In the code above, this part:
Defines a small graphic icon that will appear in the menu. Height and width are for controlling presentation of the graphic, while link points to the location of the graphic file (in this case we are using a graphic that ships with Confluence).
Controlling when the web item is displayed
Examining this line of code:
This causes the web item to only be displayed in spaces that are not personal spaces. It does this by using a 'web condition'. Web conditions control the display of web items; more information is available in the reference documentation for Confluence plugin development.
Defining a custom label to appear in the Menu UI
In the code above, this line:
<label key="webitemz.new.item" /> defines the label for the button text that will appear in the menu.
Adding new resource files and internationalisation
We will want to specify a text label to display in our Confluence menu item. You could hard-code this information into your
atlassian-plugin.xml file, but by adding it in a new resource file, we can make our plugin compatible with internationalisation. To do so, simply add a new file in the resources directory of your plugin (called
message.properties) and enter one line of code into it:
Additionally, we will need to reference this resource file in our
atlassian-plugin.xml file. To do this, add this line of code above the
<web item> code block:
This will access your
message.properties file and retrieve the text for our button label. The result of this is that the text we have specified here; 'Configure space logo' appears as the title text of our new button in the Add menu.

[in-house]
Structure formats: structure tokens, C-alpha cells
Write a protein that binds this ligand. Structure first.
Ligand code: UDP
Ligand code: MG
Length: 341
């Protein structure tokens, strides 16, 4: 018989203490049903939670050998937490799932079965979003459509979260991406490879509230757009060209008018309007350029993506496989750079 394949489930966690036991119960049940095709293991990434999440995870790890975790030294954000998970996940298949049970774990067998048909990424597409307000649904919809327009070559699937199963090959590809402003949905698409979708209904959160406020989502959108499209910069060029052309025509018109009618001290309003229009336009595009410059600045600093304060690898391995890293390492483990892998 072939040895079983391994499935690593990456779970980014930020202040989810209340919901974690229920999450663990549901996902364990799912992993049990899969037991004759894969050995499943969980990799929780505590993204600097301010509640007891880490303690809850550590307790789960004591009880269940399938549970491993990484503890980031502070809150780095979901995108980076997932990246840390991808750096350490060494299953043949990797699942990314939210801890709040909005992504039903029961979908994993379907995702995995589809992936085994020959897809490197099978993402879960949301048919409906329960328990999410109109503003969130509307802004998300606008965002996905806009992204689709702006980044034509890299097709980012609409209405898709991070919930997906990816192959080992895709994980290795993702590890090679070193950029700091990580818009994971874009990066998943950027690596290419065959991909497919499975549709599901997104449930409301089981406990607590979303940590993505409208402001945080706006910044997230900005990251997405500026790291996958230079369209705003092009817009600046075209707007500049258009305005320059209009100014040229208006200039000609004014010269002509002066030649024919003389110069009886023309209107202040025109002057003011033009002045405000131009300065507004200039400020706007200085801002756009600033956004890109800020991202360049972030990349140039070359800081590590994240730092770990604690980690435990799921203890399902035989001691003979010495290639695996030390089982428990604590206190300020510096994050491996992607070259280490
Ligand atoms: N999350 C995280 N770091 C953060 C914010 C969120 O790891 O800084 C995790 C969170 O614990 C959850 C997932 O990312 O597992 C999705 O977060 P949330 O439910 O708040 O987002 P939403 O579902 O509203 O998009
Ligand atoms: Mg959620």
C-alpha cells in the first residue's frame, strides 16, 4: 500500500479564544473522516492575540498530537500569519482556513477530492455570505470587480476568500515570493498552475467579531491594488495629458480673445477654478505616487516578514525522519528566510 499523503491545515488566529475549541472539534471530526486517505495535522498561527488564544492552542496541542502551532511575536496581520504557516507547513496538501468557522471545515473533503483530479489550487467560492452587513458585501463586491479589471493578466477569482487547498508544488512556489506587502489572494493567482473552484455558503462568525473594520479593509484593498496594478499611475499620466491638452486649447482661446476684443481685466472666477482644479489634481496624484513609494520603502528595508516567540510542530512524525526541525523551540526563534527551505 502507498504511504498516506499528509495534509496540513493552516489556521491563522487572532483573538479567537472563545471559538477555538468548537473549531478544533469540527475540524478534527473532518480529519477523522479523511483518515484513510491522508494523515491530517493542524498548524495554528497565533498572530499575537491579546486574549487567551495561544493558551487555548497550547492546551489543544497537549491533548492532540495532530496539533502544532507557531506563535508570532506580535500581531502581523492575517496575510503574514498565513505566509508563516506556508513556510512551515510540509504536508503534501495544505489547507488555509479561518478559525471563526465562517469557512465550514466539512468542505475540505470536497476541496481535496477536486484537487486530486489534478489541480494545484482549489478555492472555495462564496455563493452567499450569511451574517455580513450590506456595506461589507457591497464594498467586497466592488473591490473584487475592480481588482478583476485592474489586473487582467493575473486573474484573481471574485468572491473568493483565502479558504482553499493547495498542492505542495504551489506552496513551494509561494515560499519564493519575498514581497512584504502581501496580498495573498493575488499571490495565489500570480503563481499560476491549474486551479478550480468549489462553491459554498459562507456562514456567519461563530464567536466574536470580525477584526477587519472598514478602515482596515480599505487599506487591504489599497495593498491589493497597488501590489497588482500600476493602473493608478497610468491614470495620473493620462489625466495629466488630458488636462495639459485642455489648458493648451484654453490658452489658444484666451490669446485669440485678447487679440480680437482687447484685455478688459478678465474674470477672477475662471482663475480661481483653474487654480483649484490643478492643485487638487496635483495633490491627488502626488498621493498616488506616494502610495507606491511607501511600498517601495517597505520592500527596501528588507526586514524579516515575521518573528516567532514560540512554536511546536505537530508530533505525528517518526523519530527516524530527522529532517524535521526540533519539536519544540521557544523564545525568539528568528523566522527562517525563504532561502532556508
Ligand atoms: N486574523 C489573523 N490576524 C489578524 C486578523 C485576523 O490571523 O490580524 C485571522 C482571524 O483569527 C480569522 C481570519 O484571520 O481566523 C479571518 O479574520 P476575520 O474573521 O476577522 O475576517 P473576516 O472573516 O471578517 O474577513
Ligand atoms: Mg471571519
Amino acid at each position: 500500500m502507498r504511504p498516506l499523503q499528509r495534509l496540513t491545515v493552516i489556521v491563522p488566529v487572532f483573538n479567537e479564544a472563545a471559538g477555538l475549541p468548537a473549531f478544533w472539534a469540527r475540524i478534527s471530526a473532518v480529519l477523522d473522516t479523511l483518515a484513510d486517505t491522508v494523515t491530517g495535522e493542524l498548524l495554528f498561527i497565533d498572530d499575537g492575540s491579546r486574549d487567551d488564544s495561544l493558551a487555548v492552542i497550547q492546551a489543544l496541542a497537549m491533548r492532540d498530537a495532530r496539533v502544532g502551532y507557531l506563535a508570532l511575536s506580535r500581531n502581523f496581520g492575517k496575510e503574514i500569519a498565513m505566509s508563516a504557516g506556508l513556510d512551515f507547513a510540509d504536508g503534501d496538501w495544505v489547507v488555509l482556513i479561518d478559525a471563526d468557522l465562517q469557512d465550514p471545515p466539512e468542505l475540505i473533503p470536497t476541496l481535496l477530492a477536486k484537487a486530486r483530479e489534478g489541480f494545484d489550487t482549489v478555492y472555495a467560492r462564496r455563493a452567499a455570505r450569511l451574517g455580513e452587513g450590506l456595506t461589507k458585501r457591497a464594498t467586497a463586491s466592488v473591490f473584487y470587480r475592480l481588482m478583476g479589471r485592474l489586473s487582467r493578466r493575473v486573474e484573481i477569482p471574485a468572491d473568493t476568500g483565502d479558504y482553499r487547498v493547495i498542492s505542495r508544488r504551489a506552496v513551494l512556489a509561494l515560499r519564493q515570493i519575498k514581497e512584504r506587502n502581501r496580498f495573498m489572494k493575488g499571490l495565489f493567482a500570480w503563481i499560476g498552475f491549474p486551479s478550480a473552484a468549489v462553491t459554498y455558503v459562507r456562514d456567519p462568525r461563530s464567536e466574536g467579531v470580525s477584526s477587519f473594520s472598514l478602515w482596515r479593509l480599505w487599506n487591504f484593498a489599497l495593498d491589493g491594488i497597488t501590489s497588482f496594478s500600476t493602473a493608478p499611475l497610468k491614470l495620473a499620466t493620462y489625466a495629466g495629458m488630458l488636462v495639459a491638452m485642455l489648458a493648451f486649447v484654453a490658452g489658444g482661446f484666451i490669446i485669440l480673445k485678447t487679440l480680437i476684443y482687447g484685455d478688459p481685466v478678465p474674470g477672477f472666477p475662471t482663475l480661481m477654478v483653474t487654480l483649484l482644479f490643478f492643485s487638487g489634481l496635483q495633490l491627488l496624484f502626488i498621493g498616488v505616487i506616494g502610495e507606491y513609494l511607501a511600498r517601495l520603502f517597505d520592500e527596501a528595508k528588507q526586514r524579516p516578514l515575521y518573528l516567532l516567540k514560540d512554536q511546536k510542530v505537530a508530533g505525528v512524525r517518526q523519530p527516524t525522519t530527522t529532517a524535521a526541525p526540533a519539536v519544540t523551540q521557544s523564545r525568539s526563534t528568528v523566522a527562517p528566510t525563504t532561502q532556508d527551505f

If you would like to know more about internationalisation, see our Confluence documentation on the topic.
Step 4. Build, Install and Run the Plugin
Follow these steps to build and install your plugin, so that you can test your code. If you have not already started the application, start it now:
- Open a command window and go to the plugin root folder (where the
atlas-debugif you might want to launch the debugger in your IDE).
Go back to the browser. The updated plugin has been installed into the application, and you can test your changes.
The atlas-run command will compile the plugin project and then launch a local instance of Confluence.
Once Confluence has loaded, access the local instance with this URL:
Login with username "admin" and password "admin, then create a page in the default space. Give it a meaningful name and click Save to create the page.
On accessing the 'Add' menu, you will be able to see the new web item that you've added inside the menu. Clicking it will launch the 'Customise Space Logo' screen.
Screenshot: The New Web Item in the Confluence Add Menu
That's all that's required to add a menu item in a Confluence plugin. To extend this project, you could build new functionality for your button to activate.
Now you are ready to move onto writing some Java code to achieve that. It's not necessary, for the purposes of this tutorial though.
If you wanted to move on to writing Java to make new functionality to go with your web item, you can create an action with the XWork-WebWork Module.